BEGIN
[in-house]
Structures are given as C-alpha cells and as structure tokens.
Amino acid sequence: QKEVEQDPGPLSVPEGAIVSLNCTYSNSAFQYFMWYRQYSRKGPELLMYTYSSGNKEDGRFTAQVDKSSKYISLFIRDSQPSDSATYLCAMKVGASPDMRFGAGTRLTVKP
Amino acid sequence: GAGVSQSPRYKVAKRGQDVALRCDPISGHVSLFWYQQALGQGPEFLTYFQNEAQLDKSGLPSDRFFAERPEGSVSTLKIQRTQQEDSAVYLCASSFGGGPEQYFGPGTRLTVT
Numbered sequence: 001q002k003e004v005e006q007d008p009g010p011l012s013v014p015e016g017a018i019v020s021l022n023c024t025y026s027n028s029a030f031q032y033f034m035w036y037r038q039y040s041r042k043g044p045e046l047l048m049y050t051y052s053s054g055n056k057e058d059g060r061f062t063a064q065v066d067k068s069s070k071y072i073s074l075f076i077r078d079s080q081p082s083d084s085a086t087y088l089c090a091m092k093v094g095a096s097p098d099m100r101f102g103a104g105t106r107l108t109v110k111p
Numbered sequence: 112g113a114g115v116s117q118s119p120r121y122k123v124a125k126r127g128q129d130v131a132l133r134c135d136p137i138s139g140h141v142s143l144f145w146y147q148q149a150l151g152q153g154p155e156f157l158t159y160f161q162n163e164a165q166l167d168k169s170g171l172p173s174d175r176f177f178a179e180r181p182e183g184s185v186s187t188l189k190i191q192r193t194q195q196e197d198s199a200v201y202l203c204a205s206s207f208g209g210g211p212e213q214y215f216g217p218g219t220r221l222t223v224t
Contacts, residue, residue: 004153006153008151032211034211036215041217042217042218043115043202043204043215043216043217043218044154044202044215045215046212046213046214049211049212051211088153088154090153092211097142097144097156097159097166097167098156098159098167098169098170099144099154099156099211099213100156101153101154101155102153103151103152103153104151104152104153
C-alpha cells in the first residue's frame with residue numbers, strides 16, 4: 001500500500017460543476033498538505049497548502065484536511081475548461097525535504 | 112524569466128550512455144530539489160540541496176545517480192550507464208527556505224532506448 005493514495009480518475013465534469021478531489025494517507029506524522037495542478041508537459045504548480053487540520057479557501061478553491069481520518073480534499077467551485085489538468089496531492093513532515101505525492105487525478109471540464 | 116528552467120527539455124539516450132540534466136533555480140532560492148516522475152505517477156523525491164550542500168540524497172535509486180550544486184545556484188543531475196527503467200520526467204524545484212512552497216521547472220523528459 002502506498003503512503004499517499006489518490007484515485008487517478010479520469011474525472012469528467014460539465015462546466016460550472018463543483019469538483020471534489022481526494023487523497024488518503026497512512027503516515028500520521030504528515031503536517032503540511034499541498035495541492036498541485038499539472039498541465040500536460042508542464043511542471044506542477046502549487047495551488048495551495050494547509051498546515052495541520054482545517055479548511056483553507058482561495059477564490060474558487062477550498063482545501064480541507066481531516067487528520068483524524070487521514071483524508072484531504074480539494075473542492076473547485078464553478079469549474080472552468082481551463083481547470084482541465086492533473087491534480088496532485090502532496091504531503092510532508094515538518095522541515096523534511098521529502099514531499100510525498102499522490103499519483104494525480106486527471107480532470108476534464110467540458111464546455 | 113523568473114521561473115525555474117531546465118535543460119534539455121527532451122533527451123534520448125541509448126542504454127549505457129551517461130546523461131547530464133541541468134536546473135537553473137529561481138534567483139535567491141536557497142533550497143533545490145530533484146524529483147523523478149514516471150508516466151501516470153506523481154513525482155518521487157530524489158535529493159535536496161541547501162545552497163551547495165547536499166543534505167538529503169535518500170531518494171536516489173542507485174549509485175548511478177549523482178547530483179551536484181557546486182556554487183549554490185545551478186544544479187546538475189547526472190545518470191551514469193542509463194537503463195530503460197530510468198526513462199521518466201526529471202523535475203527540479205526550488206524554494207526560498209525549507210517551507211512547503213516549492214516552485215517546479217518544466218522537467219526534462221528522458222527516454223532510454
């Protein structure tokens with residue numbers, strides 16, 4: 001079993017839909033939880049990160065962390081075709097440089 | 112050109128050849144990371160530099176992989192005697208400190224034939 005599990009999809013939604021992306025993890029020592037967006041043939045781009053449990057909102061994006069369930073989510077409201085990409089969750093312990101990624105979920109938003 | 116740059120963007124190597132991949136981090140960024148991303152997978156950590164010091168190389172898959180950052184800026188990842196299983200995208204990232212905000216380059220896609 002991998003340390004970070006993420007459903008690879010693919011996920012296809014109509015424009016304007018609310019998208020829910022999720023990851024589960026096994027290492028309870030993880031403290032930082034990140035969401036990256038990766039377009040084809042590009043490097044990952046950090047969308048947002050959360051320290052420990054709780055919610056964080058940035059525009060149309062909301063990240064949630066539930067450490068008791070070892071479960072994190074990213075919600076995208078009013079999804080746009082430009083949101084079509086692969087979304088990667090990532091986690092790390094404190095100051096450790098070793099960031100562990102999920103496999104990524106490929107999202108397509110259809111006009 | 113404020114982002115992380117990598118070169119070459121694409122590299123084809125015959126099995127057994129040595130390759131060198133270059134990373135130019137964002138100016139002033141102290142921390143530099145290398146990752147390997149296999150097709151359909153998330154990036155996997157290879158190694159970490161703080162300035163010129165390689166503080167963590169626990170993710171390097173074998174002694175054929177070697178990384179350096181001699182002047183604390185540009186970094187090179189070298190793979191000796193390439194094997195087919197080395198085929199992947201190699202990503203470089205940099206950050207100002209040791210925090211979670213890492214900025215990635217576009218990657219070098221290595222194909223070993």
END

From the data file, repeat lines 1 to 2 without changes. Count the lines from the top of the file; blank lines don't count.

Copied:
[in-house]
Structures are given as C-alpha cells and as structure tokens.